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Genetics. 2007 May;176(1):7-14. Epub 2007 Apr 15.

Why are there still over 1000 uncharacterized yeast genes?

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  • 1Banting and Best Department of Medical Research, University of Toronto, Toronto, Ontario M5S 3E1, Canada.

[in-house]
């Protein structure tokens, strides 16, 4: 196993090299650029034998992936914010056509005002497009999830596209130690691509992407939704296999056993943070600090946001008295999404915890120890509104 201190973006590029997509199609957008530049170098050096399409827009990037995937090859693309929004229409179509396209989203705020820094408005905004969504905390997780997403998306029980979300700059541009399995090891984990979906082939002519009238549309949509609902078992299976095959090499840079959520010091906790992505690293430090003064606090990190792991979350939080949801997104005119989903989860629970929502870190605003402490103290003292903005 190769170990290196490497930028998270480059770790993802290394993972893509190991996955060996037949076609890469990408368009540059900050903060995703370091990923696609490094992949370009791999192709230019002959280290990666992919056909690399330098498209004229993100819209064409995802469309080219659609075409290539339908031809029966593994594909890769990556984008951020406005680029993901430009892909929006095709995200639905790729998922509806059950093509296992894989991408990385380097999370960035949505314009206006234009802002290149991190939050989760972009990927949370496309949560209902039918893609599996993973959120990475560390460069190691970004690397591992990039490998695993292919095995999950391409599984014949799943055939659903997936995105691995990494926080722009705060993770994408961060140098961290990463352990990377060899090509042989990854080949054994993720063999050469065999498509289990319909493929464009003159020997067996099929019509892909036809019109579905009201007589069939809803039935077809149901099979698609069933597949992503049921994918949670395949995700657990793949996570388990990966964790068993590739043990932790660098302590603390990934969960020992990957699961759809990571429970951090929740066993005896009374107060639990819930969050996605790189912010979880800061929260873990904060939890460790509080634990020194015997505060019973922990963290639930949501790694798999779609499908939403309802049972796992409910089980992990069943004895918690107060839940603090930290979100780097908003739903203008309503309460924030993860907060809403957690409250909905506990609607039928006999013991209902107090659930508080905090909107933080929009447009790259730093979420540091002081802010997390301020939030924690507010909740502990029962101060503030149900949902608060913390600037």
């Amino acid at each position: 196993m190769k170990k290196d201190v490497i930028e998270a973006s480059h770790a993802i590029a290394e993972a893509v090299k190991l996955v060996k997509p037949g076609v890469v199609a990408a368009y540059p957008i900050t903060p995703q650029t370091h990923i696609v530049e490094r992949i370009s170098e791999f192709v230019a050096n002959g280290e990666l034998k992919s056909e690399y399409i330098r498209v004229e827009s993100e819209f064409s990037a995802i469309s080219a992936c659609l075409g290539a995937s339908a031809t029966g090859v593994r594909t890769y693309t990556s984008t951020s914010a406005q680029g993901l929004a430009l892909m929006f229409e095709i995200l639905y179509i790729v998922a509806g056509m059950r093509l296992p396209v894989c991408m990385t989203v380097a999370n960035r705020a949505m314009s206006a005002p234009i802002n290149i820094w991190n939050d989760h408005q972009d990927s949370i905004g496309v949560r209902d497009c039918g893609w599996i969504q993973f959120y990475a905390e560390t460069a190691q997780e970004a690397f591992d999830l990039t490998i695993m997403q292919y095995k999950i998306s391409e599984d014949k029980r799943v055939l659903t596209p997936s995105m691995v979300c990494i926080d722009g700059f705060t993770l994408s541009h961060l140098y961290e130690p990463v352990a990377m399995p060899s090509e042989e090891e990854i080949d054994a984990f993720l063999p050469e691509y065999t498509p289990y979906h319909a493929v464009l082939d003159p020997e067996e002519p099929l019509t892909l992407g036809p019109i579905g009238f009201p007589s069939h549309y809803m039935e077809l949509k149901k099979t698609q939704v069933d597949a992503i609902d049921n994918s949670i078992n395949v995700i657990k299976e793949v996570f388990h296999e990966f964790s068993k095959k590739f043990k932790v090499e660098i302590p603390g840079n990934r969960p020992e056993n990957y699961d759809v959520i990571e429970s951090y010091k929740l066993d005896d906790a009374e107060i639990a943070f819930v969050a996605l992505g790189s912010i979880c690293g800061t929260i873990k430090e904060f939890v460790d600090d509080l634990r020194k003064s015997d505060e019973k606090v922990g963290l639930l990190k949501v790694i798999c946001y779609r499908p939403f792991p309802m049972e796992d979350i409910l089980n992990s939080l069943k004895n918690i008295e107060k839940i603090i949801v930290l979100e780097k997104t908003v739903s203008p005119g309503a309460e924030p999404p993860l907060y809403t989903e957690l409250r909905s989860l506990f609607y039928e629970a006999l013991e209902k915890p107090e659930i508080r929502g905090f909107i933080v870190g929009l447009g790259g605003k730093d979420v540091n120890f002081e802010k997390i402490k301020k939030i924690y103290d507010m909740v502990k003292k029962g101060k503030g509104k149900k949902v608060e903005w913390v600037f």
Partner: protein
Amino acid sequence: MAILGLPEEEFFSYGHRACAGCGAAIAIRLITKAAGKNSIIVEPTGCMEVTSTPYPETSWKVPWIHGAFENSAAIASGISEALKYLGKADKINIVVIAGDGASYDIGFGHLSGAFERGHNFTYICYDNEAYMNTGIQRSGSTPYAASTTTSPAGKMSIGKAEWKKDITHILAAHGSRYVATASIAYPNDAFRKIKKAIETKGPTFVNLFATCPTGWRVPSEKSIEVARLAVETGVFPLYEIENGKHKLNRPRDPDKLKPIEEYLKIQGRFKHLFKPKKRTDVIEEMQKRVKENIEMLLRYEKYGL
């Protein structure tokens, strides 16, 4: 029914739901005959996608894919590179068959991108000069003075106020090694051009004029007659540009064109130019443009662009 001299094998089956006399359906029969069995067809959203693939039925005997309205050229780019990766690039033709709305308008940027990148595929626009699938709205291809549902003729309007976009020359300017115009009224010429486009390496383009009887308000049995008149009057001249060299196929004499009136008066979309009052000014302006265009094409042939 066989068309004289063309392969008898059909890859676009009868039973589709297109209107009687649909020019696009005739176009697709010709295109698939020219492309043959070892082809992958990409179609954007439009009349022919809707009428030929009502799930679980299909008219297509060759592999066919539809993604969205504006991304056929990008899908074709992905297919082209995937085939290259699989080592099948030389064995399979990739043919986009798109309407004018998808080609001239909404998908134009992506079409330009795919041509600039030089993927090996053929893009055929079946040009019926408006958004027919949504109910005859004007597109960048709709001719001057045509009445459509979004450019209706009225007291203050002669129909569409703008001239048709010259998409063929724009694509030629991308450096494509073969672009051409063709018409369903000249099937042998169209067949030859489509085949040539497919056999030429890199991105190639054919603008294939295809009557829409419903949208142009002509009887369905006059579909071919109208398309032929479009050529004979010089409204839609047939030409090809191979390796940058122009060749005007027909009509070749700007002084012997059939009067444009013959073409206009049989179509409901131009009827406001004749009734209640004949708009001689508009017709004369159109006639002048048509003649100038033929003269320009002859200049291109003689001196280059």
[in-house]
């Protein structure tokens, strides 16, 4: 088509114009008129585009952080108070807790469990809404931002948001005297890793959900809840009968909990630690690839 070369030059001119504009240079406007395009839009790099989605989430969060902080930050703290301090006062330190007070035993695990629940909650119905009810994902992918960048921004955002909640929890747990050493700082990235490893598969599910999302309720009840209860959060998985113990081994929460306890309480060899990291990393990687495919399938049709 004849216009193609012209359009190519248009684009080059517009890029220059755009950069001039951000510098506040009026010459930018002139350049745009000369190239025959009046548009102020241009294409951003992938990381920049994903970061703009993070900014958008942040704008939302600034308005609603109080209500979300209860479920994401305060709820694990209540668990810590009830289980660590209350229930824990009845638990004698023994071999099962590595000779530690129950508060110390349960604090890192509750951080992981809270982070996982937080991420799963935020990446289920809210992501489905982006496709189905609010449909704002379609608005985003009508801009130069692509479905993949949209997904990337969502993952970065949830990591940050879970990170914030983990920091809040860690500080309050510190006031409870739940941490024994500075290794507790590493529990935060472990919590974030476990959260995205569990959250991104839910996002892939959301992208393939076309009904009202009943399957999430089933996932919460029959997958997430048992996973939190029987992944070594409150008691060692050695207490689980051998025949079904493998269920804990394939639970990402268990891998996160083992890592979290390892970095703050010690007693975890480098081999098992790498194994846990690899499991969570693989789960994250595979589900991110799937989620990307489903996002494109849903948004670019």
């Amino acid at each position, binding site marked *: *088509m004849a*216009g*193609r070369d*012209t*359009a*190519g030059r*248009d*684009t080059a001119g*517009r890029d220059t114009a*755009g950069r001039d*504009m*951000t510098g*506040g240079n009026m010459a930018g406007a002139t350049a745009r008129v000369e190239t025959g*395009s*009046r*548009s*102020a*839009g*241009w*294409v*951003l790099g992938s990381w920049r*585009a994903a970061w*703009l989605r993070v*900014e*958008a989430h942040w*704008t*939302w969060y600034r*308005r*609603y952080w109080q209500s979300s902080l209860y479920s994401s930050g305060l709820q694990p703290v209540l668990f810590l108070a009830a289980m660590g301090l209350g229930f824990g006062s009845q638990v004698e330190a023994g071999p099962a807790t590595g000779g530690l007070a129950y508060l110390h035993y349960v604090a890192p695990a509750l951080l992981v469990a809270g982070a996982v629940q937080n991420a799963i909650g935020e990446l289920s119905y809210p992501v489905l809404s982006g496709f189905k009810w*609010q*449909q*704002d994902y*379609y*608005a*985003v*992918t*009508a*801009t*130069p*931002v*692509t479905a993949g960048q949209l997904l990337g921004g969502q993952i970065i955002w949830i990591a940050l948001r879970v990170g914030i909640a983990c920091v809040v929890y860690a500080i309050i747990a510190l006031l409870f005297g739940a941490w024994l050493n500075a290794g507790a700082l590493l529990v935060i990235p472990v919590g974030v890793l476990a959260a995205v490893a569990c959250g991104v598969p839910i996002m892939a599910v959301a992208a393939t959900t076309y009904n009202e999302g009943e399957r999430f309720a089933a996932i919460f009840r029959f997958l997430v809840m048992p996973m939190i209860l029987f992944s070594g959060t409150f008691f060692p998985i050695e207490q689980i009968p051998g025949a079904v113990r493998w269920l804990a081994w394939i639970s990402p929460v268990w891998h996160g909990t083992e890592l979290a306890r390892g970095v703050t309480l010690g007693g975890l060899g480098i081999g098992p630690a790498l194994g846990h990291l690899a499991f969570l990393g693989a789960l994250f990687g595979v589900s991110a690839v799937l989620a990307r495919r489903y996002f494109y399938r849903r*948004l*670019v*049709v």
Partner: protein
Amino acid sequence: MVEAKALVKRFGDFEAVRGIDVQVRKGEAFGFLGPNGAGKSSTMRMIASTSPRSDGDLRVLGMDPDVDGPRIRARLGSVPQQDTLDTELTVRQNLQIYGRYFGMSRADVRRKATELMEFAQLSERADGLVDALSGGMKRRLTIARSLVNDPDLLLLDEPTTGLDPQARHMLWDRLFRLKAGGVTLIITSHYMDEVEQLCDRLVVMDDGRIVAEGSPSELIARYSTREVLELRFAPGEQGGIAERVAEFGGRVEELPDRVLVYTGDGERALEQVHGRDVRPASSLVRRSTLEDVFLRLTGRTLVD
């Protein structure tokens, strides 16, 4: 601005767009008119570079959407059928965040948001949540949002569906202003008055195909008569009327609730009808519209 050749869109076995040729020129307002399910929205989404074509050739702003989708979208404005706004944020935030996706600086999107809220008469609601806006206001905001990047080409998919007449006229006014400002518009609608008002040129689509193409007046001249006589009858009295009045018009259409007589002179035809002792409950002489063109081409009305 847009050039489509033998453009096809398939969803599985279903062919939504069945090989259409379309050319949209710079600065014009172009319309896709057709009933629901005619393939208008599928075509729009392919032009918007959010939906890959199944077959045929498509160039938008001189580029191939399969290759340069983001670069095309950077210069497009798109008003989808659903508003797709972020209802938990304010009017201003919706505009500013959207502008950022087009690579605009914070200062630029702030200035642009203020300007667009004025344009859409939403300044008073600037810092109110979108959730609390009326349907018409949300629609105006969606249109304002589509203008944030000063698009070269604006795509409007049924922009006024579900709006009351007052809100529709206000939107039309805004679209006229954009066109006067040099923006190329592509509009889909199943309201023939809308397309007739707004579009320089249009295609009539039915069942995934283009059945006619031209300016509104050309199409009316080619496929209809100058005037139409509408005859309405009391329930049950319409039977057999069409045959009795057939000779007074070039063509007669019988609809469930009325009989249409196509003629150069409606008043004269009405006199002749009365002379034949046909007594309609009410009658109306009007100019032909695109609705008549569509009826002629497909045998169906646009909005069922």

The yeast genetics community has embraced genomic biology, and there is a general understanding that obtaining a full encyclopedia of functions of the approximately 6000 genes is a worthwhile goal. The yeast literature comprises over 40,000 research papers, and the number of yeast researchers exceeds the number of genes. There are mutated and tagged alleles for virtually every gene, and hundreds of high-throughput data sets and computational analyses have been described. Why, then, are there >1000 genes still listed as uncharacterized on the Saccharomyces Genome Database, 10 years after sequencing the genome of this powerful model organism? Examination of the currently uncharacterized gene set suggests that while some are small or newly discovered, the vast majority were evident from the initial genome sequence. Most are present in multiple genomics data sets, which may provide clues to function. In addition, roughly half contain recognizable protein domains, and many of these suggest specific metabolic activities. Notably, the uncharacterized gene set is highly enriched for genes whose only homologs are in other fungi. Achieving a full catalog of yeast gene functions may require a greater focus on the life of yeast outside the laboratory.

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